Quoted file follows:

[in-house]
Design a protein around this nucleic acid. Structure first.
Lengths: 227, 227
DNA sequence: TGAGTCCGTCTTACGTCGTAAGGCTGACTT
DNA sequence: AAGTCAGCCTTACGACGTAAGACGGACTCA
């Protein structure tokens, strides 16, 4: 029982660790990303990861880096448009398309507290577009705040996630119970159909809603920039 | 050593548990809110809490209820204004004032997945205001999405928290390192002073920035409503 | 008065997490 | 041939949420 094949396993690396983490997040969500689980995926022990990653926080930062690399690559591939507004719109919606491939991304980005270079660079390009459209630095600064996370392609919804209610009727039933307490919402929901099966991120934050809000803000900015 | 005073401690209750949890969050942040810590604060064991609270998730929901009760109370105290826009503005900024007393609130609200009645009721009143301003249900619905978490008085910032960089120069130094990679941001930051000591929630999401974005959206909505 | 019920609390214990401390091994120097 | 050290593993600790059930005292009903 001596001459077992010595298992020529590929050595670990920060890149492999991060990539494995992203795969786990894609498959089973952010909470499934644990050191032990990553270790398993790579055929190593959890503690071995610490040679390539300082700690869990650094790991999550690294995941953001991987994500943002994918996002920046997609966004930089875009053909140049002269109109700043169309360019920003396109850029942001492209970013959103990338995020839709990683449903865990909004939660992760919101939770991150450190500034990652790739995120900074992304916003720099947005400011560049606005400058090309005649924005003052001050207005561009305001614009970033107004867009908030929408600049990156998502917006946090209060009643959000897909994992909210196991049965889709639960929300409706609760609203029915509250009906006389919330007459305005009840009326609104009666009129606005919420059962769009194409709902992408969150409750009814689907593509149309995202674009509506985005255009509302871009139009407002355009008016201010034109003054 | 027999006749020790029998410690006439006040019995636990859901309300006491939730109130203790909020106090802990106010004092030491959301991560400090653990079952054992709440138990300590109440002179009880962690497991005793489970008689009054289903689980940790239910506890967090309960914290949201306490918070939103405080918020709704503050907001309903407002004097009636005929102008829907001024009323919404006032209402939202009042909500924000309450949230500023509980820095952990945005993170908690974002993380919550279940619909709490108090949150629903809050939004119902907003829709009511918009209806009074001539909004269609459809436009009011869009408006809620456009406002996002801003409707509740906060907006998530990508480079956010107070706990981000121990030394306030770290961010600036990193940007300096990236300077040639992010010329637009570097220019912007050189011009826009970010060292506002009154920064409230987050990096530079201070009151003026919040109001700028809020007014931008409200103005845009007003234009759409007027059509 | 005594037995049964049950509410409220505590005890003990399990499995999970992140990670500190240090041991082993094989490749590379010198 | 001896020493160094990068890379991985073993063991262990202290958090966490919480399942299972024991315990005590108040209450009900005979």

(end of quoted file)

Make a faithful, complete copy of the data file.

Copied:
[in-house]
Design a protein around this nucleic acid. Structure first.
Lengths: 227, 227
DNA sequence: TGAGTCCGTCTTACGTCGTAAGGCTGACTT
DNA sequence: AAGTCAGCCTTACGACGTAAGACGGACTCA
């Protein structure tokens, strides 16, 4: 029982660790990303990861880096448009398309507290577009705040996630119970159909809603920039 | 050593548990809110809490209820204004004032997945205001999405928290390192002073920035409503 | 008065997490 | 041939949420 094949396993690396983490997040969500689980995926022990990653926080930062690399690559591939507004719109919606491939991304980005270079660079390009459209630095600064996370392609919804209610009727039933307490919402929901099966991120934050809000803000900015 | 005073401690209750949890969050942040810590604060064991609270998730929901009760109370105290826009503005900024007393609130609200009645009721009143301003249900619905978490008085910032960089120069130094990679941001930051000591929630999401974005959206909505 | 019920609390214990401390091994120097 | 050290593993600790059930005292009903 001596001459077992010595298992020529590929050595670990920060890149492999991060990539494995992203795969786990894609498959089973952010909470499934644990050191032990990553270790398993790579055929190593959890503690071995610490040679390539300082700690869990650094790991999550690294995941953001991987994500943002994918996002920046997609966004930089875009053909140049002269109109700043169309360019920003396109850029942001492209970013959103990338995020839709990683449903865990909004939660992760919101939770991150450190500034990652790739995120900074992304916003720099947005400011560049606005400058090309005649924005003052001050207005561009305001614009970033107004867009908030929408600049990156998502917006946090209060009643959000897909994992909210196991049965889709639960929300409706609760609203029915509250009906006389919330007459305005009840009326609104009666009129606005919420059962769009194409709902992408969150409750009814689907593509149309995202674009509506985005255009509302871009139009407002355009008016201010034109003054 | 027999006749020790029998410690006439006040019995636990859901309300006491939730109130203790909020106090802990106010004092030491959301991560400090653990079952054992709440138990300590109440002179009880962690497991005793489970008689009054289903689980940790239910506890967090309960914290949201306490918070939103405080918020709704503050907001309903407002004097009636005929102008829907001024009323919404006032209402939202009042909500924000309450949230500023509980820095952990945005993170908690974002993380919550279940619909709490108090949150629903809050939004119902907003829709009511918009209806009074001539909004269609459809436009009011869009408006809620456009406002996002801003409707509740906060907006998530990508480079956010107070706990981000121990030394306030770290961010600036990193940007300096990236300077040639992010010329637009570097220019912007050189011009826009970010060292506002009154920064409230987050990096530079201070009151003026919040109001700028809020007014931008409200103005845009007003234009759409007027059509 | 005594037995049964049950509410409220505590005890003990399990499995999970992140990670500190240090041991082993094989490749590379010198 | 001896020493160094990068890379991985073993063991262990202290958090966490919480399942299972024991315990005590108040209450009900005979």